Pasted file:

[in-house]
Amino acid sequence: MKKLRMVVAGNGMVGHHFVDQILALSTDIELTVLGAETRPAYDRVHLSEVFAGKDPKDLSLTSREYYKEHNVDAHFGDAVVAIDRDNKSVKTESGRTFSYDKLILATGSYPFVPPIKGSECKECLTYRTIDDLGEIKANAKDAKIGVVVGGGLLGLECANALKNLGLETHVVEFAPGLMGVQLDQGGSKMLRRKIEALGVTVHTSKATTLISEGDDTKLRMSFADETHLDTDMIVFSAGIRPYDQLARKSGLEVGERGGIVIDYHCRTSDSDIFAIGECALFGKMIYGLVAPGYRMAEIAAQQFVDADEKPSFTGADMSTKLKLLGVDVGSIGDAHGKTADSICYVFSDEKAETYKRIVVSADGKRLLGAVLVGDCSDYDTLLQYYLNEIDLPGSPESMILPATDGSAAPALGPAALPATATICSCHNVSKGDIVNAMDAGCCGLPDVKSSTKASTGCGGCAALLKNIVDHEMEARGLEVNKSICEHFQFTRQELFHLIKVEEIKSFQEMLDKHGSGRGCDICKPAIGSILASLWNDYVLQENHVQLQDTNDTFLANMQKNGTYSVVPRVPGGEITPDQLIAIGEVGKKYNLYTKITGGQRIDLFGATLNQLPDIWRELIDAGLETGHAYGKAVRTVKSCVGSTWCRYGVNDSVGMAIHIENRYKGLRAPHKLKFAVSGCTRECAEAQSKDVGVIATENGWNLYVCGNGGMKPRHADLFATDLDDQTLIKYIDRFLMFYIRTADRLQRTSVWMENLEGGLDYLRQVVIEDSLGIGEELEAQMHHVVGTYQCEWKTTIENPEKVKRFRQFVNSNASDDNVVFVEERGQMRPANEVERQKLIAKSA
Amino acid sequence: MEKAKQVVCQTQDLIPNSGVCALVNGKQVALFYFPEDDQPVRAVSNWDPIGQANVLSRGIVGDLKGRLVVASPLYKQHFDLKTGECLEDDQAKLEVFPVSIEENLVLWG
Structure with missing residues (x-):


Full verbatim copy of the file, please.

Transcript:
[in-house]
Amino acid sequence: MKKLRMVVAGNGMVGHHFVDQILALSTDIELTVLGAETRPAYDRVHLSEVFAGKDPKDLSLTSREYYKEHNVDAHFGDAVVAIDRDNKSVKTESGRTFSYDKLILATGSYPFVPPIKGSECKECLTYRTIDDLGEIKANAKDAKIGVVVGGGLLGLECANALKNLGLETHVVEFAPGLMGVQLDQGGSKMLRRKIEALGVTVHTSKATTLISEGDDTKLRMSFADETHLDTDMIVFSAGIRPYDQLARKSGLEVGERGGIVIDYHCRTSDSDIFAIGECALFGKMIYGLVAPGYRMAEIAAQQFVDADEKPSFTGADMSTKLKLLGVDVGSIGDAHGKTADSICYVFSDEKAETYKRIVVSADGKRLLGAVLVGDCSDYDTLLQYYLNEIDLPGSPESMILPATDGSAAPALGPAALPATATICSCHNVSKGDIVNAMDAGCCGLPDVKSSTKASTGCGGCAALLKNIVDHEMEARGLEVNKSICEHFQFTRQELFHLIKVEEIKSFQEMLDKHGSGRGCDICKPAIGSILASLWNDYVLQENHVQLQDTNDTFLANMQKNGTYSVVPRVPGGEITPDQLIAIGEVGKKYNLYTKITGGQRIDLFGATLNQLPDIWRELIDAGLETGHAYGKAVRTVKSCVGSTWCRYGVNDSVGMAIHIENRYKGLRAPHKLKFAVSGCTRECAEAQSKDVGVIATENGWNLYVCGNGGMKPRHADLFATDLDDQTLIKYIDRFLMFYIRTADRLQRTSVWMENLEGGLDYLRQVVIEDSLGIGEELEAQMHHVVGTYQCEWKTTIENPEKVKRFRQFVNSNASDDNVVFVEERGQMRPANEVERQKLIAKSA
Amino acid sequence: MEKAKQVVCQTQDLIPNSGVCALVNGKQVALFYFPEDDQPVRAVSNWDPIGQANVLSRGIVGDLKGRLVVASPLYKQHFDLKTGECLEDDQAKLEVFPVSIEENLVLWG
Structure with missing residues (x-):